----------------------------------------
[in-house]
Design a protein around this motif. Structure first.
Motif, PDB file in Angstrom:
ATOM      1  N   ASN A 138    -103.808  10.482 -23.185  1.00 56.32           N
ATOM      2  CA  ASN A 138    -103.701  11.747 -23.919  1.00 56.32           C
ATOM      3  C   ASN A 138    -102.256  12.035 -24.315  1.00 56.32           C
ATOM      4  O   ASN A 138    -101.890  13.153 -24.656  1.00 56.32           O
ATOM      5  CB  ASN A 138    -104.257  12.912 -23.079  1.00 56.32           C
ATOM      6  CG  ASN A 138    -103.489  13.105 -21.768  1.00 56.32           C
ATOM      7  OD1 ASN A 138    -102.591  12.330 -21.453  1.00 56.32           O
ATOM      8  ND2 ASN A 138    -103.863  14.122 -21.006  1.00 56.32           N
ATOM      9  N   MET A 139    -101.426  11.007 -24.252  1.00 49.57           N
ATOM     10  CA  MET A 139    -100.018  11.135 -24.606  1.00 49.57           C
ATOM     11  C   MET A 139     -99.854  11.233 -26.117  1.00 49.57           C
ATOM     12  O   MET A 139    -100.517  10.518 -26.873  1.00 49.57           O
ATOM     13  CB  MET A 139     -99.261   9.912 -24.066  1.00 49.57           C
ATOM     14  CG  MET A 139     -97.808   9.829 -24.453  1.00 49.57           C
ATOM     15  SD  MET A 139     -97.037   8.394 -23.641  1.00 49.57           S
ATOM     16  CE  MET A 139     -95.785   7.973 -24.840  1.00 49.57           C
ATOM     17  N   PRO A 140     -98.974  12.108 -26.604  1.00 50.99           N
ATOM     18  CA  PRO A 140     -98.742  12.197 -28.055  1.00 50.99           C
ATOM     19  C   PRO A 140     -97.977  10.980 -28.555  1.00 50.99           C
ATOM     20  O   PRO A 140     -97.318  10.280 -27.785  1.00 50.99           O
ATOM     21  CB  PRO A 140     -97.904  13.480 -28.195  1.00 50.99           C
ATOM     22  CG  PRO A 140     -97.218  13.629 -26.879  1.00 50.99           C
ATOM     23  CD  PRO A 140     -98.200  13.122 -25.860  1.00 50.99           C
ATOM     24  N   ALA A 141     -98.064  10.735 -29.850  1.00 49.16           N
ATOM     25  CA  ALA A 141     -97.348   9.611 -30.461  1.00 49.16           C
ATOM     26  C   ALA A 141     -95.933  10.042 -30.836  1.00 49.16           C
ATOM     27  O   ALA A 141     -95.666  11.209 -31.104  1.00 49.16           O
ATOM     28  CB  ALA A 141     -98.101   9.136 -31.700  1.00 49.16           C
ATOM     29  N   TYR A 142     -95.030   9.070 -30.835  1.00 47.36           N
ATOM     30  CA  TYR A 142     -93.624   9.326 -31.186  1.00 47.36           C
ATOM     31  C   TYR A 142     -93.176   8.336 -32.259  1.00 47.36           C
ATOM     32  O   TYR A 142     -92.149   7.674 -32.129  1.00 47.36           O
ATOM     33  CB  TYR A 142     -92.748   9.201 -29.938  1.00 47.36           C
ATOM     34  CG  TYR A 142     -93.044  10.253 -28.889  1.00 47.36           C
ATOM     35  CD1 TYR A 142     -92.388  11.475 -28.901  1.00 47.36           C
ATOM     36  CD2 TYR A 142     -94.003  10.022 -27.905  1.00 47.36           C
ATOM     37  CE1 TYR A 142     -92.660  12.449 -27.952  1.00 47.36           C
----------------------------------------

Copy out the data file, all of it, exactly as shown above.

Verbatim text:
[in-house]
Design a protein around this motif. Structure first.
Motif, PDB file in Angstrom:
ATOM      1  N   ASN A 138    -103.808  10.482 -23.185  1.00 56.32           N
ATOM      2  CA  ASN A 138    -103.701  11.747 -23.919  1.00 56.32           C
ATOM      3  C   ASN A 138    -102.256  12.035 -24.315  1.00 56.32           C
ATOM      4  O   ASN A 138    -101.890  13.153 -24.656  1.00 56.32           O
ATOM      5  CB  ASN A 138    -104.257  12.912 -23.079  1.00 56.32           C
ATOM      6  CG  ASN A 138    -103.489  13.105 -21.768  1.00 56.32           C
ATOM      7  OD1 ASN A 138    -102.591  12.330 -21.453  1.00 56.32           O
ATOM      8  ND2 ASN A 138    -103.863  14.122 -21.006  1.00 56.32           N
ATOM      9  N   MET A 139    -101.426  11.007 -24.252  1.00 49.57           N
ATOM     10  CA  MET A 139    -100.018  11.135 -24.606  1.00 49.57           C
ATOM     11  C   MET A 139     -99.854  11.233 -26.117  1.00 49.57           C
ATOM     12  O   MET A 139    -100.517  10.518 -26.873  1.00 49.57           O
ATOM     13  CB  MET A 139     -99.261   9.912 -24.066  1.00 49.57           C
ATOM     14  CG  MET A 139     -97.808   9.829 -24.453  1.00 49.57           C
ATOM     15  SD  MET A 139     -97.037   8.394 -23.641  1.00 49.57           S
ATOM     16  CE  MET A 139     -95.785   7.973 -24.840  1.00 49.57           C
ATOM     17  N   PRO A 140     -98.974  12.108 -26.604  1.00 50.99           N
ATOM     18  CA  PRO A 140     -98.742  12.197 -28.055  1.00 50.99           C
ATOM     19  C   PRO A 140     -97.977  10.980 -28.555  1.00 50.99           C
ATOM     20  O   PRO A 140     -97.318  10.280 -27.785  1.00 50.99           O
ATOM     21  CB  PRO A 140     -97.904  13.480 -28.195  1.00 50.99           C
ATOM     22  CG  PRO A 140     -97.218  13.629 -26.879  1.00 50.99           C
ATOM     23  CD  PRO A 140     -98.200  13.122 -25.860  1.00 50.99           C
ATOM     24  N   ALA A 141     -98.064  10.735 -29.850  1.00 49.16           N
ATOM     25  CA  ALA A 141     -97.348   9.611 -30.461  1.00 49.16           C
ATOM     26  C   ALA A 141     -95.933  10.042 -30.836  1.00 49.16           C
ATOM     27  O   ALA A 141     -95.666  11.209 -31.104  1.00 49.16           O
ATOM     28  CB  ALA A 141     -98.101   9.136 -31.700  1.00 49.16           C
ATOM     29  N   TYR A 142     -95.030   9.070 -30.835  1.00 47.36           N
ATOM     30  CA  TYR A 142     -93.624   9.326 -31.186  1.00 47.36           C
ATOM     31  C   TYR A 142     -93.176   8.336 -32.259  1.00 47.36           C
ATOM     32  O   TYR A 142     -92.149   7.674 -32.129  1.00 47.36           O
ATOM     33  CB  TYR A 142     -92.748   9.201 -29.938  1.00 47.36           C
ATOM     34  CG  TYR A 142     -93.044  10.253 -28.889  1.00 47.36           C
ATOM     35  CD1 TYR A 142     -92.388  11.475 -28.901  1.00 47.36           C
ATOM     36  CD2 TYR A 142     -94.003  10.022 -27.905  1.00 47.36           C
ATOM     37  CE1 TYR A 142     -92.660  12.449 -27.952  1.00 47.36           C